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Lockheed Testing LRASM Launchers for Future Frigate, Submarines

A July 2016 test of the LRASM from a MK-41 launcher on the Navy's Self Defense Test Ship. Lockheed Martin Photo

A July 2016 test of the LRASM from a MK-41 launcher on the Navy’s Self Defense Test Ship. Lockheed Martin Photo

Lockheed Martin is testing its air-launched, anti-ship cruise missile for the U.S. Navy’s future fleet of frigates and submarines, company officials told USNI News on Wednesday.

Originally developed by DARPA to quickly field a need U.S. Pacific Command for a modern air-launched weapon, the Long Range Anti-Ship Missile (LRASM) program has now been absorbed by the Navy and will be fielded by the Air Force Boeing B-1B Lancer bombers and the Boeing F/A-18E/F Super Hornet in the next few years, Scott Callaway, LRASM Surface-Launch director, told USNI News on Wednesday during the Surface Navy Association 2017 symposium.

Now the company is positioning the weapon – based on the AGM-158 JASSM-ER air to surface missile – to be Lockheed’s submission for the Navy’s over-the-horizon missile for the emerging frigate design.

“While the Navy has been maturing that air-launched version and getting it ready for production, we’ve been investing in the surface-launched variant to mature that product,” Callaway said.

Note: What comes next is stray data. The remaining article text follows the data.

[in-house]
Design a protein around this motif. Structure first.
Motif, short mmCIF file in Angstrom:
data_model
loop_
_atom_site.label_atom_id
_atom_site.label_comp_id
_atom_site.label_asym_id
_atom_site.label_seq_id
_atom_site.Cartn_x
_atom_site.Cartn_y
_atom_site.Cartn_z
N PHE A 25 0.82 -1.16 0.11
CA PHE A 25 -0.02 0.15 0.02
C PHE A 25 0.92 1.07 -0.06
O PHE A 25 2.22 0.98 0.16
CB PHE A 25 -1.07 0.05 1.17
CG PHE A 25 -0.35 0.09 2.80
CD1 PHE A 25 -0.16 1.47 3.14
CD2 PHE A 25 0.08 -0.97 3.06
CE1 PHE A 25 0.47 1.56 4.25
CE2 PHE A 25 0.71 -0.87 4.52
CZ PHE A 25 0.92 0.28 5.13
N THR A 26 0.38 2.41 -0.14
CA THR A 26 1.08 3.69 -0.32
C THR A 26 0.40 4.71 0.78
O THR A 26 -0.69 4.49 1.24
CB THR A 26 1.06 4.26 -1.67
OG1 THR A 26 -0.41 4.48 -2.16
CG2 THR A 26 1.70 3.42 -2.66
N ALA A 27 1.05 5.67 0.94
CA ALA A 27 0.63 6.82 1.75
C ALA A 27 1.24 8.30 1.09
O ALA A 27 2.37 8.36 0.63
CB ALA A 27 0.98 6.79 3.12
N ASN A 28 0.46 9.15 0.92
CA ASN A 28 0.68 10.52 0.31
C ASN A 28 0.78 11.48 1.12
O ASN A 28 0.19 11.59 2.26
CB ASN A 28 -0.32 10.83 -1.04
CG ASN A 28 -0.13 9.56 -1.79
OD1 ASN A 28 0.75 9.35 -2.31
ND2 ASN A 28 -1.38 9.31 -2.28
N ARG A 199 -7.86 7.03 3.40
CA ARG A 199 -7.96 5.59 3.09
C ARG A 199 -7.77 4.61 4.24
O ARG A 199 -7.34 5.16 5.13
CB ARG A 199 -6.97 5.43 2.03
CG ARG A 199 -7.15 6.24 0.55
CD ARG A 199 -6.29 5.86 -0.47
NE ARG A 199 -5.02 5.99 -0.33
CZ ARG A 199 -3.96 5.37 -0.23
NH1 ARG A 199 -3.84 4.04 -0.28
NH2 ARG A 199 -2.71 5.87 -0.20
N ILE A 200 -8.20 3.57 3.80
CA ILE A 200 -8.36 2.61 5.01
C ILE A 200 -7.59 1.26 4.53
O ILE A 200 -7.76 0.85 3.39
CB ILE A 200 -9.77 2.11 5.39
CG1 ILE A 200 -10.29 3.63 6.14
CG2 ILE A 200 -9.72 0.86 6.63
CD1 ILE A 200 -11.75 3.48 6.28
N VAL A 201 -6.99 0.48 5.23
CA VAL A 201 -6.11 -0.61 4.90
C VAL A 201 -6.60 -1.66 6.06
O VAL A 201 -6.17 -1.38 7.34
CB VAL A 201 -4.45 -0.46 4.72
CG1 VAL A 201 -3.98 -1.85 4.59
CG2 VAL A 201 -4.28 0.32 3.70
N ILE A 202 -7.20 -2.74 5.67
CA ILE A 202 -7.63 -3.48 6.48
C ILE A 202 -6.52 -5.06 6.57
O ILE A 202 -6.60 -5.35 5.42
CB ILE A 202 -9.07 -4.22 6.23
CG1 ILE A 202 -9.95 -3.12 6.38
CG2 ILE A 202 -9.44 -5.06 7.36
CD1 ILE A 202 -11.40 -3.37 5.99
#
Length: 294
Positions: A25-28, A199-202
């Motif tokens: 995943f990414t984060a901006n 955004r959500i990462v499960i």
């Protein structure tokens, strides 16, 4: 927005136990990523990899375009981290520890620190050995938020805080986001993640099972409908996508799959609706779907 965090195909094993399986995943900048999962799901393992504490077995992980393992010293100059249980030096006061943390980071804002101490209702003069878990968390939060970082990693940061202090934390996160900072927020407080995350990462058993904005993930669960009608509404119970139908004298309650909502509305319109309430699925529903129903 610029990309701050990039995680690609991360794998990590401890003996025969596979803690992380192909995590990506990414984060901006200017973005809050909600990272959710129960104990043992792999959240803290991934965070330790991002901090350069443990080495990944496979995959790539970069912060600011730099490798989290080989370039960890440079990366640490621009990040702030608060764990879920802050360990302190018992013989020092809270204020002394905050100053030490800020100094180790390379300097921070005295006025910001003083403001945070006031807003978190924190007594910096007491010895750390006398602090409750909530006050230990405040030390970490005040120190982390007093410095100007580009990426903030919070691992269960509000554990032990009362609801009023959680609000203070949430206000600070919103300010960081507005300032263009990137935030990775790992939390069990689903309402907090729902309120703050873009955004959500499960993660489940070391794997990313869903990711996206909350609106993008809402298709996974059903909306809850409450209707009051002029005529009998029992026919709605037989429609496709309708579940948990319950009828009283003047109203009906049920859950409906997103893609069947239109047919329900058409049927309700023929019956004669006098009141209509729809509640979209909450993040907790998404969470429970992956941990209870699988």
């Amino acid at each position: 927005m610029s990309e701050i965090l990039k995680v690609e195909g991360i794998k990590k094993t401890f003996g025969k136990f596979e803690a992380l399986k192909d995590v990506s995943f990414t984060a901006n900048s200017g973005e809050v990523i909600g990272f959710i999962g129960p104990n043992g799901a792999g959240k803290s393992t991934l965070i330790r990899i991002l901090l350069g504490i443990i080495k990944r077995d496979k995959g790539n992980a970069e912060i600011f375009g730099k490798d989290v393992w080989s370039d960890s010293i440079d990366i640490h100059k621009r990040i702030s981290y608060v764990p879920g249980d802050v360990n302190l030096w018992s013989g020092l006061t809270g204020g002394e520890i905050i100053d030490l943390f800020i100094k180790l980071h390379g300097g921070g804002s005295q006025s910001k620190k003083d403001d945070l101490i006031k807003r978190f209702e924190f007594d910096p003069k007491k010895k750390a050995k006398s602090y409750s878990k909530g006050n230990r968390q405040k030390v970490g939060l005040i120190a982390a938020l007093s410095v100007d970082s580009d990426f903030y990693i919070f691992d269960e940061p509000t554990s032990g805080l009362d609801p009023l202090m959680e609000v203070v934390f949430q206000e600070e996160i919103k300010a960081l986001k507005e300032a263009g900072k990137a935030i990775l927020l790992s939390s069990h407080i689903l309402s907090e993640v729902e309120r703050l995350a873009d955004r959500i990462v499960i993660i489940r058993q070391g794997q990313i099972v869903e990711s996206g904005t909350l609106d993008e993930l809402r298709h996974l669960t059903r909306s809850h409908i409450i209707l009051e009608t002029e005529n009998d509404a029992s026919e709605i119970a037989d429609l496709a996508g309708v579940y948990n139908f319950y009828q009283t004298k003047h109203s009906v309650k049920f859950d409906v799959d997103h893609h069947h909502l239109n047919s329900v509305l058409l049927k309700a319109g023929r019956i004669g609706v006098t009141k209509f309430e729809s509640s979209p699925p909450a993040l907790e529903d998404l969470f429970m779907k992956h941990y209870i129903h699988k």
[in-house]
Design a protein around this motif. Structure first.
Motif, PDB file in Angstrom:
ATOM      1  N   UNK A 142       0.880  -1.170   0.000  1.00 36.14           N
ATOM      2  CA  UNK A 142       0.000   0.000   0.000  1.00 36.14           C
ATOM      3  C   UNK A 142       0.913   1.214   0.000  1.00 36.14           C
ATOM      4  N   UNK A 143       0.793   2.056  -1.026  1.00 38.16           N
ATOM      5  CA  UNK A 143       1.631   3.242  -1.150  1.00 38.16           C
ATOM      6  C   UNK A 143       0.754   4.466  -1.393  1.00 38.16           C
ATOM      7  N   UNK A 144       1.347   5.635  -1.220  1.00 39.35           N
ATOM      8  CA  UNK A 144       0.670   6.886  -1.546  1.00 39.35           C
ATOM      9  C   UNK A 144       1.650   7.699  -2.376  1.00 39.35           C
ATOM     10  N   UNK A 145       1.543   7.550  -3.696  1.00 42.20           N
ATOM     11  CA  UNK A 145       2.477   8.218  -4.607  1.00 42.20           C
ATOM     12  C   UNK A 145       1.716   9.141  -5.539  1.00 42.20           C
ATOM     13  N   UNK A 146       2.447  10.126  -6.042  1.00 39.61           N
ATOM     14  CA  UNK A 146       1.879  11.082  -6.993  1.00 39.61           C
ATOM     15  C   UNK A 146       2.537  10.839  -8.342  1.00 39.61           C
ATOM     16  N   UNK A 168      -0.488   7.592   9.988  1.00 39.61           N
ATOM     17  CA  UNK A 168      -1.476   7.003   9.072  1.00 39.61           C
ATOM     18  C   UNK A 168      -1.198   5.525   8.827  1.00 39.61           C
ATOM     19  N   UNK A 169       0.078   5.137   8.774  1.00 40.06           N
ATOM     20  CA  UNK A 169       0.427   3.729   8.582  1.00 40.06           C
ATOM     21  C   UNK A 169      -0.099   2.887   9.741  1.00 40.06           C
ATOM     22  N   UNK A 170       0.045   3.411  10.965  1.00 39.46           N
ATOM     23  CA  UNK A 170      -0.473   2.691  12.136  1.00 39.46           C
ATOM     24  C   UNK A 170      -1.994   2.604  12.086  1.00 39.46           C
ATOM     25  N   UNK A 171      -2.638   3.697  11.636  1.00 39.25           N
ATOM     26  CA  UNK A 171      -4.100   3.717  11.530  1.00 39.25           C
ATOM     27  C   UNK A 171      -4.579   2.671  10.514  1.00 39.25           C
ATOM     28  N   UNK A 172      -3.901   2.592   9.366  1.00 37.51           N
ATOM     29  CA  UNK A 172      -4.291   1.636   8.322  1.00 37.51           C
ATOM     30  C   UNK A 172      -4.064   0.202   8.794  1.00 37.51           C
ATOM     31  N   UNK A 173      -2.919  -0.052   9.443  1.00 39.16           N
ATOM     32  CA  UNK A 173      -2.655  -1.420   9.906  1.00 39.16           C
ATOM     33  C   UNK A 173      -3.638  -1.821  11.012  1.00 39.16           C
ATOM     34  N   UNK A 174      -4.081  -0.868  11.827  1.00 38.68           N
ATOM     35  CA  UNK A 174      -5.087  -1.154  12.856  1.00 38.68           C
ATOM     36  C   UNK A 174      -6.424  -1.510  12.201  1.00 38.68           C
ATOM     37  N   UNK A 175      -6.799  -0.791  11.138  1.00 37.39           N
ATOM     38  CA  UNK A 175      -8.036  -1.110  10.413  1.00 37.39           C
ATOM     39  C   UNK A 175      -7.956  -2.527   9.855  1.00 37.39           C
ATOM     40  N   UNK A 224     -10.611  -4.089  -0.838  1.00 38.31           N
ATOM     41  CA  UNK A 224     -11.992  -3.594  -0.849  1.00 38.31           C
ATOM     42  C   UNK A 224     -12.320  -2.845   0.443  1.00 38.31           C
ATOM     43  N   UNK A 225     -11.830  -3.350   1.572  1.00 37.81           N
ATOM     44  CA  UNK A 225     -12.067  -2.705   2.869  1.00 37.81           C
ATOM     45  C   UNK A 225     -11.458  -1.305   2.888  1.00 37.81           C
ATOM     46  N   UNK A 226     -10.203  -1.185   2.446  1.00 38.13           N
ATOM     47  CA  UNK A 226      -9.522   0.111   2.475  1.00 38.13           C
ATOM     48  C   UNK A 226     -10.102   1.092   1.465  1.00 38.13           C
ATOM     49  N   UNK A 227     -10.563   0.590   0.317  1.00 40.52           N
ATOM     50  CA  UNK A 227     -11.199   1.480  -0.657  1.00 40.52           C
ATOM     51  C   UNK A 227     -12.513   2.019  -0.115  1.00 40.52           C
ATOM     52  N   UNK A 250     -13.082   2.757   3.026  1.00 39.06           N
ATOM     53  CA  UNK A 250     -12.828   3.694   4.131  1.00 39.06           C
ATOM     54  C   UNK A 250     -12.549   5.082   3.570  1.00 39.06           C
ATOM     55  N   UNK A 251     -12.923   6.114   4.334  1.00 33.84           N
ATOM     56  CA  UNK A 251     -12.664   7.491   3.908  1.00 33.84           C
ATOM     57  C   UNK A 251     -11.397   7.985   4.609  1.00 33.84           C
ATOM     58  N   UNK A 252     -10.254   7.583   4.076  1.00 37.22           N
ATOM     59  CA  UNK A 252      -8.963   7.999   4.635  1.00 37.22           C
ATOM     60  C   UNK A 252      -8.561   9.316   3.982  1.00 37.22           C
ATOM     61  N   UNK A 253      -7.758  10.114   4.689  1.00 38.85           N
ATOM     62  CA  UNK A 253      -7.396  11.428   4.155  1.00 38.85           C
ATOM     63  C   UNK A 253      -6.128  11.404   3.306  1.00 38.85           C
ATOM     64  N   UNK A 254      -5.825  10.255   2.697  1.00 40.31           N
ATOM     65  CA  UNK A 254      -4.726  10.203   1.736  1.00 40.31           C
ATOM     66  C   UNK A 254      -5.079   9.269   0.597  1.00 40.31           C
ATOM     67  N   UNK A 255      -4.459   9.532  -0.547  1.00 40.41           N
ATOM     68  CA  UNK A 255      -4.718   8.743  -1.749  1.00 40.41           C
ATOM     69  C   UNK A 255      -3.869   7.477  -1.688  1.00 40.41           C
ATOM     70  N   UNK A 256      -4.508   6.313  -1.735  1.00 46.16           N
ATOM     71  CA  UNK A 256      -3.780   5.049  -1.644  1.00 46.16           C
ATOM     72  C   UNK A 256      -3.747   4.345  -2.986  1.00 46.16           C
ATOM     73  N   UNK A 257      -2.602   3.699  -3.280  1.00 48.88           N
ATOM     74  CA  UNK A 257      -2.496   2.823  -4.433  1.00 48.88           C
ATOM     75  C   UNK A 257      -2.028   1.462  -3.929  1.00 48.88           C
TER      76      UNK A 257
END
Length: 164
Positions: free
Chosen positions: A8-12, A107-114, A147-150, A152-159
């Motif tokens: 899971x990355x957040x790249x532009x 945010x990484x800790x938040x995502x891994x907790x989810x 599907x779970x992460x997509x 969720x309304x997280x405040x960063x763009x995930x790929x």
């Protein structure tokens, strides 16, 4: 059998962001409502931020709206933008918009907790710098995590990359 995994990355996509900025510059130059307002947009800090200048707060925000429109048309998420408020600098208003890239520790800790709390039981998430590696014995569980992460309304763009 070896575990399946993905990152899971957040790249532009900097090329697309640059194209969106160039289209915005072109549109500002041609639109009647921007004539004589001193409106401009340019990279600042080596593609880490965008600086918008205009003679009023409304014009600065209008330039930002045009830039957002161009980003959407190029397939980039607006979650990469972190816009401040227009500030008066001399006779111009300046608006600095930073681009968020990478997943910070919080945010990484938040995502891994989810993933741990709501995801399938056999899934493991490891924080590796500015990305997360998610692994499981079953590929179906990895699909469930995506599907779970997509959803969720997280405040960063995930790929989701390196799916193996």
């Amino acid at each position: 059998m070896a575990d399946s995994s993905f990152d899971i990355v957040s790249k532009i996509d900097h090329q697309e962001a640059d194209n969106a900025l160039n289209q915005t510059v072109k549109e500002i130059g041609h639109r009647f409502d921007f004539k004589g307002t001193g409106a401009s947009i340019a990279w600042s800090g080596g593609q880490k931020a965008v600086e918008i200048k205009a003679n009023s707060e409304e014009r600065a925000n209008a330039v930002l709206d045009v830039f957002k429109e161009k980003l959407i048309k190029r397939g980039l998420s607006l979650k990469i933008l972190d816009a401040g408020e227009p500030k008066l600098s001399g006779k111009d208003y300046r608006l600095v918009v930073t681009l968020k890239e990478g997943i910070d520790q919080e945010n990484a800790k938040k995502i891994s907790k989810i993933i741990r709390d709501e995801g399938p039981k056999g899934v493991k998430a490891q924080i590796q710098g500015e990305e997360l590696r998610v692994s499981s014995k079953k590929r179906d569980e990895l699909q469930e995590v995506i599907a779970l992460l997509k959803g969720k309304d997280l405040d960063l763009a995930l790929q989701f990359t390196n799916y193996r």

Following three launch tests from MK-41 Vertical Launch Systems last year, the company will move ahead with tests this year of a standalone launcher that will be the basis for the OTH missile for the frigate that will follow on the Littoral Combat Ship.

Lockheed Martin artist's conception of the Long Range Anti-Ship Missile (LRASM). Lockheed Martin Photo

Lockheed Martin artist’s conception of the Long Range Anti-Ship Missile (LRASM). Lockheed Martin Photo

The OTH missile will be the first new surface launched anti-ship missile for the service in decades. It will be the follow-on to the RGM-84 Harpoon anti-ship missile — which was introduced to the service in the 1970s. A Raytheon-Kongsberg team is set to pitch the Naval Strike Missile and Boeing is set to offer a modified Harpoon for the competition.

In addition to the OTH contest, Lockheed is also set to test a sub-launched variant of LRASM.

“We’ve developed a capsule that will fit into the Virginia payload tube,” Callaway said.
“We’ve done some early testing, some early feasibility studies and have determined there are no show stoppers to put LRASM into a sub.”

U.S. subs previously fielded a sub-launched version of the Harpoon – the UGM-84. However, the sub force has not fielded the Harpoon for several years.

Lockheed intends to test a proof of concept for its sub-launched LRASM sometime this year.

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Categories: Budget Industry, News & Analysis, Submarine Forces, Surface Forces, U.S. Navy
Sam LaGrone

About Sam LaGrone

Sam LaGrone is the editor of USNI News. He was formerly the U.S. Maritime Correspondent for the Washington D.C. bureau of Jane’s Defence Weekly and Jane’s Navy International. He has covered legislation, acquisition and operations for the Sea Services and spent time underway with the U.S. Navy, U.S. Marine Corps and the Canadian Navy.